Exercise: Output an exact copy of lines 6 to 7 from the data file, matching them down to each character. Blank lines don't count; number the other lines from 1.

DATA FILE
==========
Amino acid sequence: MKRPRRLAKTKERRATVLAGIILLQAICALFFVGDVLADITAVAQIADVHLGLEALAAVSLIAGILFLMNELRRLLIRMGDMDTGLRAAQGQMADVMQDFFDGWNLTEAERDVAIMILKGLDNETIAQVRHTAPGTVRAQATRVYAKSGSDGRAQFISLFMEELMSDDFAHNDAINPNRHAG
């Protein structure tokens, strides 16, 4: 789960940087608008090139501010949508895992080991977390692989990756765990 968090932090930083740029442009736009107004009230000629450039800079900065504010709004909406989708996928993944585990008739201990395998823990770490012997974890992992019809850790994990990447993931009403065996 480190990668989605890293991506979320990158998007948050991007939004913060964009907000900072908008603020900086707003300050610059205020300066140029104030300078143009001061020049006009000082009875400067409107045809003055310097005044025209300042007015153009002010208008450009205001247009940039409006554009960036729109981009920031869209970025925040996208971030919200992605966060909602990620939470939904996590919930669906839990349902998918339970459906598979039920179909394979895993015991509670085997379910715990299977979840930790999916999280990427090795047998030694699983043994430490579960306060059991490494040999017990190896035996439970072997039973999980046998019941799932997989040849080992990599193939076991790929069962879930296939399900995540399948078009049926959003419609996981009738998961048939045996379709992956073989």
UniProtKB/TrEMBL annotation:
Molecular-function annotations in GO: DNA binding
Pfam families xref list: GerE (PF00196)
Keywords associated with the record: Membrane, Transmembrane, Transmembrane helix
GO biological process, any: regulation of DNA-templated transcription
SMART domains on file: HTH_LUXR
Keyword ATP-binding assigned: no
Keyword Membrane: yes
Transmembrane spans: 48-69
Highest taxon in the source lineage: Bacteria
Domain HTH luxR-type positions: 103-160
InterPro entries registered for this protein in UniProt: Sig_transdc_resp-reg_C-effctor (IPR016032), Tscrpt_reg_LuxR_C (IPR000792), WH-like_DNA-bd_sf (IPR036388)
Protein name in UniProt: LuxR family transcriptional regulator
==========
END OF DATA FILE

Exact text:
Keywords associated with the record: Membrane, Transmembrane, Transmembrane helix
GO biological process, any: regulation of DNA-templated transcription